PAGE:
Monday, April 30, 2007

Cricket and its spiritual home

I usually watch my cricket in the US. But for this World Cup final, I had the opportunity to see the game in India. And it couldn’t have been a worse environment.

I had spent 16 hours in a direct flight from Chicago to New Delhi. I was about to set up in a shared guest room in the domestic terminal – my next flight was 8 hours away. I had spent 20 hours without a hug from my wife or kids and was another 12 from those I would get from my parents. I felt positively relegated to a dark, loveless corner of the world.

The telecast itself was miserable – I’m not sure why Indian fans don’t protest about this more often. There were commercials inserted in just about every bit of action that didn’t involve a live ball. As soon as the last ball was bowled in the over, I would have to watch an excruciating and rather comical portrayal of a neo-cool pimp daddy by Abhishek Bachchan shilling for Motorola. Then 2 seconds of live feed and yet another commercial or two.

This was followed by a joyless post match “analysis” with Charu Sharma, Mandira Bedi, Tony Grieg and Ian Chappell. It was early in the morning and they all had ‘Please just cut me my check already’ expressions on their faces.

And yet, despite all of this I couldn’t have enjoyed the game more.

As soon as I showed up to check in to my room, I somewhat gingerly asked if there was a TV anywhere that was showing the game. The man in charge of the books and the person handling my bags lit up like Christmas. They both scurried to turn the set on for me in the room and lined up my bed with it. Two wires were carefully poked into the holes of an outlet; an axial cable (that’s the best description I can come up with) was threaded into a dangling cable receptacle – and Viola! Game on!

Both bag boy and bookie regaled me with their versions of the adventures of Australia and Sri Lanka in the World Cup. They told me who their favorites were and why. All sleep instantly left my eyes.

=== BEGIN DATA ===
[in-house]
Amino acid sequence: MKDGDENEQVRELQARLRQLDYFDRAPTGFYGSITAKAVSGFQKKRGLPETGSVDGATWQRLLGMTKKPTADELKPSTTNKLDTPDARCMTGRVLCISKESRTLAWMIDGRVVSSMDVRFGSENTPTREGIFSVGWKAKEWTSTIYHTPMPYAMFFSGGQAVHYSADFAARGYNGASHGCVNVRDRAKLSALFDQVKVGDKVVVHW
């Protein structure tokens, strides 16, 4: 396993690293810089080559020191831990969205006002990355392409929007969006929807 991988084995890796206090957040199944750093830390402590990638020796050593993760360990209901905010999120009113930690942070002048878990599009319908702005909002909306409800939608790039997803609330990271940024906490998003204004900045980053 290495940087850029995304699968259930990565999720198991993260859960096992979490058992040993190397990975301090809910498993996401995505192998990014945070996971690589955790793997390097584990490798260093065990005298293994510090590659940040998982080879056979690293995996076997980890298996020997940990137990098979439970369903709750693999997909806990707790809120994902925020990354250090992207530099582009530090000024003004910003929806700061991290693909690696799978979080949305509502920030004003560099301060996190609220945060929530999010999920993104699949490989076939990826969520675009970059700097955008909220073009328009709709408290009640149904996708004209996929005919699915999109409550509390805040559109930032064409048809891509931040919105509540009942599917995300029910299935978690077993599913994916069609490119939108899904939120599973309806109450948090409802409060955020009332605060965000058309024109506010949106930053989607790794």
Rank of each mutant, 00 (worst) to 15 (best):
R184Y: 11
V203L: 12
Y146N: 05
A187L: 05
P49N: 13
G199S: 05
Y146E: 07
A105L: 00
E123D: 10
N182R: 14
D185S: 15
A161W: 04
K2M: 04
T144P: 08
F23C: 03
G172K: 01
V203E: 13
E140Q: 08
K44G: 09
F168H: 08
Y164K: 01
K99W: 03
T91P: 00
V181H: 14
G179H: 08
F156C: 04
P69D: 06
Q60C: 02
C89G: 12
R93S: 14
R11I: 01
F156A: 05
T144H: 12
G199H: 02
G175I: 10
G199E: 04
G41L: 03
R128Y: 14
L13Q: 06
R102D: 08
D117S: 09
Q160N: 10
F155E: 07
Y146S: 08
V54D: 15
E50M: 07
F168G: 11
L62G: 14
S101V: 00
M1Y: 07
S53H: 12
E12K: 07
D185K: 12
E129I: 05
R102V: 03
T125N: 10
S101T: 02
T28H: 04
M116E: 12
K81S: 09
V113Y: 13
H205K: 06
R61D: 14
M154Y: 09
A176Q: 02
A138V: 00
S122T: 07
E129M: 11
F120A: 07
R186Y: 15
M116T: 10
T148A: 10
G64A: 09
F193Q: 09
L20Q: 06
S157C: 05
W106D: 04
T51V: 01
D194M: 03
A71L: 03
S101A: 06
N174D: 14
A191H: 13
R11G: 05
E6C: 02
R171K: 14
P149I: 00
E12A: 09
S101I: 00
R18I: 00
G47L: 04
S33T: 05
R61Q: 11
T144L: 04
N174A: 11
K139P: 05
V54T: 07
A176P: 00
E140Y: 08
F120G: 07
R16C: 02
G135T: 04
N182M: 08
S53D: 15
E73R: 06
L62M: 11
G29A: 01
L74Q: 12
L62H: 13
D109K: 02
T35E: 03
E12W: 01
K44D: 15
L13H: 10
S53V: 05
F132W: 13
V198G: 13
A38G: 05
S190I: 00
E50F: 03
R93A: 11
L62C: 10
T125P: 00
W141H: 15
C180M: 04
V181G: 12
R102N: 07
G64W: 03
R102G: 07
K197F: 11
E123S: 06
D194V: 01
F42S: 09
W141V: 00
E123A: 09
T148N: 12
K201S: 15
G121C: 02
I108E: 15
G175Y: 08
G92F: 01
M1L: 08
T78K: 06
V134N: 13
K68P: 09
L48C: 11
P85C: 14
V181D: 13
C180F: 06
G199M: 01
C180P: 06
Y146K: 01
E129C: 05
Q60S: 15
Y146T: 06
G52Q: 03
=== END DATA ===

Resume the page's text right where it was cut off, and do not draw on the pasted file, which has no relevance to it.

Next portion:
“Which team will win?” I asked.

Both shook their heads and said “Australia inko nahi chhodega”. It was clear who they were rooting for and why that filled them with sadness.

I asked them to sit and watch the game with me. They took up the offer without a second thought. Sleep deprived and grumpy incoming clients were relegated to second priority. They rattled off comments with every ball that ranged from frivolous to incisive.

At the start of the game, I noticed a glum expression on bag boy’s face. What gives I asked. He noted that Gilchrist was his favorite player but he hadn’t put up a big score yet. I told him that I had seen him bat in the tournament and I hadn’t noted anything seriously wrong with his batting. “Perhaps it is just a matter of time” I told him.

Bag boys eyes lit up. It filled me with energy, this setup – in a way no smoky sports bar ever had.

Long after the game was over, I carried it with me everywhere. People at the airport were only too happy to discuss it with me. The newspapers were full of it. The guy at the tea stall told me why he thought Sri Lanka lost the game. Another filling newspapers in bins launched into an analysis of Lasith Malinga’s bowling action. And all of this involving a game that didn’t even feature the home team.

There is a reason India is the spiritual center of cricket. And you have to set foot on her soil to really understand it.


Anonymous said...

Very moving. Written with great depth.

Kalyan said...

Very aptly put...This part of India I miss over here in US.Fans they quickly put Indian team loss behind their backs and will support other teams with their classy analysis.